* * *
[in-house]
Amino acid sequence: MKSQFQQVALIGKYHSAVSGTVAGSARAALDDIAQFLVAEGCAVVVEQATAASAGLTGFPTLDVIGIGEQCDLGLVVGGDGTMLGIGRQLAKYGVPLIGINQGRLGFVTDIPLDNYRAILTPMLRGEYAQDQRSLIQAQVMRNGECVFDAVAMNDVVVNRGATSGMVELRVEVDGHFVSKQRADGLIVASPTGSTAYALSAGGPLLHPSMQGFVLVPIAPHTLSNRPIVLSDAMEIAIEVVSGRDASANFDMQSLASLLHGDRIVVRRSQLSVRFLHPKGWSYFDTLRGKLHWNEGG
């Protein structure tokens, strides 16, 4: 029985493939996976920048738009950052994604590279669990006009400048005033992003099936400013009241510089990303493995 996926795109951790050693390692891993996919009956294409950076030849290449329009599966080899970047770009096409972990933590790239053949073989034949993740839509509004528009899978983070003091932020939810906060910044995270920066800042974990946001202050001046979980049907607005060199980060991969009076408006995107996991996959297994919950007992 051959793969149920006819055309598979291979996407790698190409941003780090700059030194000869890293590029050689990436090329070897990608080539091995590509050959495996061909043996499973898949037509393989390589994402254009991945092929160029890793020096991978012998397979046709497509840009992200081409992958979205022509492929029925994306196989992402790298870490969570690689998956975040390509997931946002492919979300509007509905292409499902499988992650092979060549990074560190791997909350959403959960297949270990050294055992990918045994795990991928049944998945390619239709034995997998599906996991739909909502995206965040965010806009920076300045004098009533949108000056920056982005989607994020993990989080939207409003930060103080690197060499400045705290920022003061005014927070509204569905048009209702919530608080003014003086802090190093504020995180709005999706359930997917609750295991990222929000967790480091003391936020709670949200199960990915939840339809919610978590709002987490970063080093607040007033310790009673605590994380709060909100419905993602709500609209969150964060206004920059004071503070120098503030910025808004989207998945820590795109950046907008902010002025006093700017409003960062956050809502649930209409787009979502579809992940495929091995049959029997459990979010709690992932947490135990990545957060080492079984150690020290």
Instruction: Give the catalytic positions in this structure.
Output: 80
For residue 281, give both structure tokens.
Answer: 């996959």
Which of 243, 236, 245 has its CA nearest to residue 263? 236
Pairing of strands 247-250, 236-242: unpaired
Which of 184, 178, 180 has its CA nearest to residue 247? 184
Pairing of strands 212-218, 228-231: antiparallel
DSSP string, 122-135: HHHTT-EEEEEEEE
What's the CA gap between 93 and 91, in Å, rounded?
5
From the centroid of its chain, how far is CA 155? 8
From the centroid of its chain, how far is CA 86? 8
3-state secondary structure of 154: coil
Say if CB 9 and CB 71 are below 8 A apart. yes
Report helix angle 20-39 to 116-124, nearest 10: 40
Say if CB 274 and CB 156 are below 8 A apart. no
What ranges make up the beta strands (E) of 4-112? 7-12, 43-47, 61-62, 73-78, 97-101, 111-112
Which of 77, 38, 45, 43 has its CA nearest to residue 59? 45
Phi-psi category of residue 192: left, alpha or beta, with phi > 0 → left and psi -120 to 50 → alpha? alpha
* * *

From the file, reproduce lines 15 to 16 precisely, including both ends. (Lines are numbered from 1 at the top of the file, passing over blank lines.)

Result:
From the centroid of its chain, how far is CA 155? 8
From the centroid of its chain, how far is CA 86? 8